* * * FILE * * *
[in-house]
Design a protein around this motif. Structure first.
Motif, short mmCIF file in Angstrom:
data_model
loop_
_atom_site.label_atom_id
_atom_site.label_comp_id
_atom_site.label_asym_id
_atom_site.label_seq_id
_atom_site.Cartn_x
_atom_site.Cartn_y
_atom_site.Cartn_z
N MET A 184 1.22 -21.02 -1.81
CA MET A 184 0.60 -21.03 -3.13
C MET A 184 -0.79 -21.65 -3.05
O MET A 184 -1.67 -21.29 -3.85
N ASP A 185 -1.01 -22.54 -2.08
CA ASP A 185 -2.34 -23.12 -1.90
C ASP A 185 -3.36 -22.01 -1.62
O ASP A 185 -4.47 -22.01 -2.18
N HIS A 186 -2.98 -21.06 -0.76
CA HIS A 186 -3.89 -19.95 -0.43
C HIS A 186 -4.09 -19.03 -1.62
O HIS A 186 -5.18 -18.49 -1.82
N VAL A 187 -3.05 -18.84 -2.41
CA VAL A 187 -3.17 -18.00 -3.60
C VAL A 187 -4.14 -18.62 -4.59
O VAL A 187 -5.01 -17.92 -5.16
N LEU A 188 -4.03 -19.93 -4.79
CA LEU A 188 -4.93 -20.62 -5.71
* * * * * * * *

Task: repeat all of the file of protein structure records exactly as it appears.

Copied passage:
[in-house]
Design a protein around this motif. Structure first.
Motif, short mmCIF file in Angstrom:
data_model
loop_
_atom_site.label_atom_id
_atom_site.label_comp_id
_atom_site.label_asym_id
_atom_site.label_seq_id
_atom_site.Cartn_x
_atom_site.Cartn_y
_atom_site.Cartn_z
N MET A 184 1.22 -21.02 -1.81
CA MET A 184 0.60 -21.03 -3.13
C MET A 184 -0.79 -21.65 -3.05
O MET A 184 -1.67 -21.29 -3.85
N ASP A 185 -1.01 -22.54 -2.08
CA ASP A 185 -2.34 -23.12 -1.90
C ASP A 185 -3.36 -22.01 -1.62
O ASP A 185 -4.47 -22.01 -2.18
N HIS A 186 -2.98 -21.06 -0.76
CA HIS A 186 -3.89 -19.95 -0.43
C HIS A 186 -4.09 -19.03 -1.62
O HIS A 186 -5.18 -18.49 -1.82
N VAL A 187 -3.05 -18.84 -2.41
CA VAL A 187 -3.17 -18.00 -3.60
C VAL A 187 -4.14 -18.62 -4.59
O VAL A 187 -5.01 -17.92 -5.16
N LEU A 188 -4.03 -19.93 -4.79
CA LEU A 188 -4.93 -20.62 -5.71